Evinrude and Johnson, now combined into one company, are well-known names in the boating world and their outboard motors are on numerous boats worldwide. Before gearing up for the season, run through a troubleshooting checklist to make sure your 35hp Johnson outboard motor is in top working order. Troubleshooting problems that may arise is usually straightforward, whether it's an oil leak or gas leak. Run through these basic steps before calling in a marine mechanic.
Squeeze the fuel primer pump in your hand to check for resistance. If you are unable to pump the fuel bulb, it may mean that inadequate fuel is getting to the engine and the fuel line assembly needs to be replaced. Check that you have enough fuel in the tank and that the fuel is not older than 30 days. Fuel that has been sitting for longer than this can become contaminated and will create difficulties with starting the motor. Inspect the fuel lines and connectors for any wear and tear.
Inspect the inside of the plastic engine cowling for any signs of oil residue. If you notice oil, the rings may be bad. Have a qualified marine mechanic check this out for you.
Remove the spark plug and examine it for excessive dirt or corrosion. Clean the plug with a sandblaster or replace if needed. A plug that is good will usually have a grey hue to it.
Check the seal (1/8-inch gasket) between the power-head and fuel pump for any cracks or damage. Have a mechanic replace the gasket for you if necessary. A damaged gasket will cause a vacuum leak in the system.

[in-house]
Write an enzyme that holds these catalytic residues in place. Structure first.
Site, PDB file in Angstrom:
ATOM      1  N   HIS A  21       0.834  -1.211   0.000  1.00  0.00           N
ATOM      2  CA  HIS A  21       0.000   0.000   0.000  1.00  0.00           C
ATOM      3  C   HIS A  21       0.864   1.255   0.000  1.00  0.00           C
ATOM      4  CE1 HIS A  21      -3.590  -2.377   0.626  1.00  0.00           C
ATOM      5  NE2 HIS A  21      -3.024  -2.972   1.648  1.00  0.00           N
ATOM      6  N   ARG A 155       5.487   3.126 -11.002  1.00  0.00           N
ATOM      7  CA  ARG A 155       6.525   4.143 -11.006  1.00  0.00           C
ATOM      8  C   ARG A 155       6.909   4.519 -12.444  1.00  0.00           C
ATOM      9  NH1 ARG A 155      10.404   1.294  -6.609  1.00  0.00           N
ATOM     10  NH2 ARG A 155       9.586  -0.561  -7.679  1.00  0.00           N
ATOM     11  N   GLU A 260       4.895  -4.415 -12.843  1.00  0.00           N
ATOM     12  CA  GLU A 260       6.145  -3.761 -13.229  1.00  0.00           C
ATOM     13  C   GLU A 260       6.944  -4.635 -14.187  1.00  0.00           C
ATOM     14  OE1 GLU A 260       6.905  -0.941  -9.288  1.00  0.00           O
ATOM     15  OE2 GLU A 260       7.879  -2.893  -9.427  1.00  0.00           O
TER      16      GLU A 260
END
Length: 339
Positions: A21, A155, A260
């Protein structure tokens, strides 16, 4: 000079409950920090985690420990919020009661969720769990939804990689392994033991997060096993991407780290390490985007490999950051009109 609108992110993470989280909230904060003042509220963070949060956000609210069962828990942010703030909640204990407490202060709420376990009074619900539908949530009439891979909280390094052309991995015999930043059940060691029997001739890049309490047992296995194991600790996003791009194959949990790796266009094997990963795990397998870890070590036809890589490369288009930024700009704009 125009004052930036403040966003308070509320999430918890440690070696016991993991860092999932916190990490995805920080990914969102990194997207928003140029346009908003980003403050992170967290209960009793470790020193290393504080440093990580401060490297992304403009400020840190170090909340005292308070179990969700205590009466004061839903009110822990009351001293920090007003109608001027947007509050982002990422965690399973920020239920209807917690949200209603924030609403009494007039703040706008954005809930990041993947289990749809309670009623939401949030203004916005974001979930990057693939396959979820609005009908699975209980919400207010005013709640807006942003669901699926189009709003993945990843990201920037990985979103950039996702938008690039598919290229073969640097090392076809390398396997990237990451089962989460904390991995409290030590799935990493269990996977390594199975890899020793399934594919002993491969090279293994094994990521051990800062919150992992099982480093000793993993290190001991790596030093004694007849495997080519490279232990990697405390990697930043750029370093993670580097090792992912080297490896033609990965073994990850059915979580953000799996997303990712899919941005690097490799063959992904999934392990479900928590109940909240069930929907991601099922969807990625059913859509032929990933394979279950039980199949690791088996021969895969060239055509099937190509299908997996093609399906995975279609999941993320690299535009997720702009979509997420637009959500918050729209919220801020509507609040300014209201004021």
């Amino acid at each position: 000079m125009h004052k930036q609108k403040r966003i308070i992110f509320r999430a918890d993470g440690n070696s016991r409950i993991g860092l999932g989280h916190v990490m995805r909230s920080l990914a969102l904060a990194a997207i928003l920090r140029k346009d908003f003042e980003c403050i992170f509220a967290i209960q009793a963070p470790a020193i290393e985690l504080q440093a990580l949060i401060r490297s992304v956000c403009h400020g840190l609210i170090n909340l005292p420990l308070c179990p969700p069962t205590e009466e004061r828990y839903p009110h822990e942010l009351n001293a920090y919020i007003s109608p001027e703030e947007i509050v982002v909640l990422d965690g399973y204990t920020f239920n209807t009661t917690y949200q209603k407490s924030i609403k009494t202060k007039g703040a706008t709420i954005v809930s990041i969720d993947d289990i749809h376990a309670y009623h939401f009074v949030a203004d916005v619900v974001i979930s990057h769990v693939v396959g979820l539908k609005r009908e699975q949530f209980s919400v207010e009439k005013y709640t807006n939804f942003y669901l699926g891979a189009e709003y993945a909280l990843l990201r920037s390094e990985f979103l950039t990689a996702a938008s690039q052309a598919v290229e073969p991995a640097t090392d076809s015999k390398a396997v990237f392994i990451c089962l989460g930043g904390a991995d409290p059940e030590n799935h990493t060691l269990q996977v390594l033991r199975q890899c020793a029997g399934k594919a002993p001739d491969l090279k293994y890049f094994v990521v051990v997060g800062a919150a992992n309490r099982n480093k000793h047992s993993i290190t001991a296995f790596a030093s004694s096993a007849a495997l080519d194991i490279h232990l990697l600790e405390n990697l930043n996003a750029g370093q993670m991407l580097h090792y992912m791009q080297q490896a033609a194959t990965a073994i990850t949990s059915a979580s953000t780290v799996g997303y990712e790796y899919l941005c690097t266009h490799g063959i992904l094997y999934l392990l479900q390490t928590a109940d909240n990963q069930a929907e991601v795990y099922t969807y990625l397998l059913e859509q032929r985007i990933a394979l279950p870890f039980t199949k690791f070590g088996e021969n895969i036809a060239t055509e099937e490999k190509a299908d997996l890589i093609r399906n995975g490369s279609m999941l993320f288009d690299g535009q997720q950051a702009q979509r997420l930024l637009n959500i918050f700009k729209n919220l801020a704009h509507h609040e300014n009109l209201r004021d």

Squirt a small amount of fuel directly into the carburettor if the outboard motor does not start after priming the fuel bulb. Do this especially after the engine has not be started for a prolonged period of time. Pull the starter rope directly after pouring the fuel into the carburettor.
Inspect the fuel pump cover for any wear and tear. If the cover if cracked, this could also be a source of vacuum leak when the fuel is primed.
Check the fuel pump for leaks. Remove the pump screws and pump (with the engine off) the fuel primer. If you notice gas leaking from a small hole at the rear of the pump, the diaphragm may be damaged.
Test for adequate engine compression. Remove the spark plug and attach the compression test gauge. Check the reading. If it is not between 60 psi (pounds per square inch) and 90 psi, have a qualified mechanic investigate this problem further for you.